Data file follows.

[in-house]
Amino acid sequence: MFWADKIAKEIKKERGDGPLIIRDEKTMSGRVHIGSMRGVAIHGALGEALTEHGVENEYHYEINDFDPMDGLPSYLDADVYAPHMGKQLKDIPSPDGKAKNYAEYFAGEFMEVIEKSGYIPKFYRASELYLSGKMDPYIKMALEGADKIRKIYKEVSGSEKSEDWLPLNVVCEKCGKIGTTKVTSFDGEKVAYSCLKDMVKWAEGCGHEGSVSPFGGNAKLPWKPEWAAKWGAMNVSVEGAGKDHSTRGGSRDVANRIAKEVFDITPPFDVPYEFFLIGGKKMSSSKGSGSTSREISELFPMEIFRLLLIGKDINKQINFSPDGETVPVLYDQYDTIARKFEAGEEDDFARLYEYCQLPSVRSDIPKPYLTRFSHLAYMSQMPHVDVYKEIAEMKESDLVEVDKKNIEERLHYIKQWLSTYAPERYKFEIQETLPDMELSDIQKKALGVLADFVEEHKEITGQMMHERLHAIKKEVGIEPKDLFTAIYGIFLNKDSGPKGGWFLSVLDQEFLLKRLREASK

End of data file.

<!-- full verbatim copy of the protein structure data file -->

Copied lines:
[in-house]
Amino acid sequence: MFWADKIAKEIKKERGDGPLIIRDEKTMSGRVHIGSMRGVAIHGALGEALTEHGVENEYHYEINDFDPMDGLPSYLDADVYAPHMGKQLKDIPSPDGKAKNYAEYFAGEFMEVIEKSGYIPKFYRASELYLSGKMDPYIKMALEGADKIRKIYKEVSGSEKSEDWLPLNVVCEKCGKIGTTKVTSFDGEKVAYSCLKDMVKWAEGCGHEGSVSPFGGNAKLPWKPEWAAKWGAMNVSVEGAGKDHSTRGGSRDVANRIAKEVFDITPPFDVPYEFFLIGGKKMSSSKGSGSTSREISELFPMEIFRLLLIGKDINKQINFSPDGETVPVLYDQYDTIARKFEAGEEDDFARLYEYCQLPSVRSDIPKPYLTRFSHLAYMSQMPHVDVYKEIAEMKESDLVEVDKKNIEERLHYIKQWLSTYAPERYKFEIQETLPDMELSDIQKKALGVLADFVEEHKEITGQMMHERLHAIKKEVGIEPKDLFTAIYGIFLNKDSGPKGGWFLSVLDQEFLLKRLREASK